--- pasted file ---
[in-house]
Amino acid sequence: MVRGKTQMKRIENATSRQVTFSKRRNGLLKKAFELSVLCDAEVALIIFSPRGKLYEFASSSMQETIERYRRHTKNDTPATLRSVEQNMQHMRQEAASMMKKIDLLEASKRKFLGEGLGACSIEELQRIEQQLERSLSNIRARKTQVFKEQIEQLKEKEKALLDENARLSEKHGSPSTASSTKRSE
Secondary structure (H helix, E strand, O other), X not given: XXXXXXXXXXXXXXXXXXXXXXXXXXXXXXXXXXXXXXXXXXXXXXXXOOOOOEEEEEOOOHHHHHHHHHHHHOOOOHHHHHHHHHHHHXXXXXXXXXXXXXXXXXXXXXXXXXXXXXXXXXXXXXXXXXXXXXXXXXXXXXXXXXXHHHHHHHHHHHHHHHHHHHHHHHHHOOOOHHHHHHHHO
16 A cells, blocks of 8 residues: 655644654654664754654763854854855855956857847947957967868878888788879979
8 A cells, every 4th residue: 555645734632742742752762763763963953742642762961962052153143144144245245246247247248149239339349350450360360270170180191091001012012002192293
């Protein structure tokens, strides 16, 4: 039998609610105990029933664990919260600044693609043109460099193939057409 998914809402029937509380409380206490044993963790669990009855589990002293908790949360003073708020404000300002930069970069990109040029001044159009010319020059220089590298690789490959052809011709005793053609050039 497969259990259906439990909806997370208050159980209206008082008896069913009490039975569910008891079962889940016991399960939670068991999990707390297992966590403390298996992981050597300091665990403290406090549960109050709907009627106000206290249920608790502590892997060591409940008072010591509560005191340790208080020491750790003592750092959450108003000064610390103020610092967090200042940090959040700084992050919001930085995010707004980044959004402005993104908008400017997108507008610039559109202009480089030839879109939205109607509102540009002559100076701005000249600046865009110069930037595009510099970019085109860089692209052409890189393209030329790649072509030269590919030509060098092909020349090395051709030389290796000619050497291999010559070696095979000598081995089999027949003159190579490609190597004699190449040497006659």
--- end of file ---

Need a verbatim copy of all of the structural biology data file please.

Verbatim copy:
[in-house]
Amino acid sequence: MVRGKTQMKRIENATSRQVTFSKRRNGLLKKAFELSVLCDAEVALIIFSPRGKLYEFASSSMQETIERYRRHTKNDTPATLRSVEQNMQHMRQEAASMMKKIDLLEASKRKFLGEGLGACSIEELQRIEQQLERSLSNIRARKTQVFKEQIEQLKEKEKALLDENARLSEKHGSPSTASSTKRSE
Secondary structure (H helix, E strand, O other), X not given: XXXXXXXXXXXXXXXXXXXXXXXXXXXXXXXXXXXXXXXXXXXXXXXXOOOOOEEEEEOOOHHHHHHHHHHHHOOOOHHHHHHHHHHHHXXXXXXXXXXXXXXXXXXXXXXXXXXXXXXXXXXXXXXXXXXXXXXXXXXXXXXXXXXHHHHHHHHHHHHHHHHHHHHHHHHHOOOOHHHHHHHHO
16 A cells, blocks of 8 residues: 655644654654664754654763854854855855956857847947957967868878888788879979
8 A cells, every 4th residue: 555645734632742742752762763763963953742642762961962052153143144144245245246247247248149239339349350450360360270170180191091001012012002192293
């Protein structure tokens, strides 16, 4: 039998609610105990029933664990919260600044693609043109460099193939057409 998914809402029937509380409380206490044993963790669990009855589990002293908790949360003073708020404000300002930069970069990109040029001044159009010319020059220089590298690789490959052809011709005793053609050039 497969259990259906439990909806997370208050159980209206008082008896069913009490039975569910008891079962889940016991399960939670068991999990707390297992966590403390298996992981050597300091665990403290406090549960109050709907009627106000206290249920608790502590892997060591409940008072010591509560005191340790208080020491750790003592750092959450108003000064610390103020610092967090200042940090959040700084992050919001930085995010707004980044959004402005993104908008400017997108507008610039559109202009480089030839879109939205109607509102540009002559100076701005000249600046865009110069930037595009510099970019085109860089692209052409890189393209030329790649072509030269590919030509060098092909020349090395051709030389290796000619050497291999010559070696095979000598081995089999027949003159190579490609190597004699190449040497006659």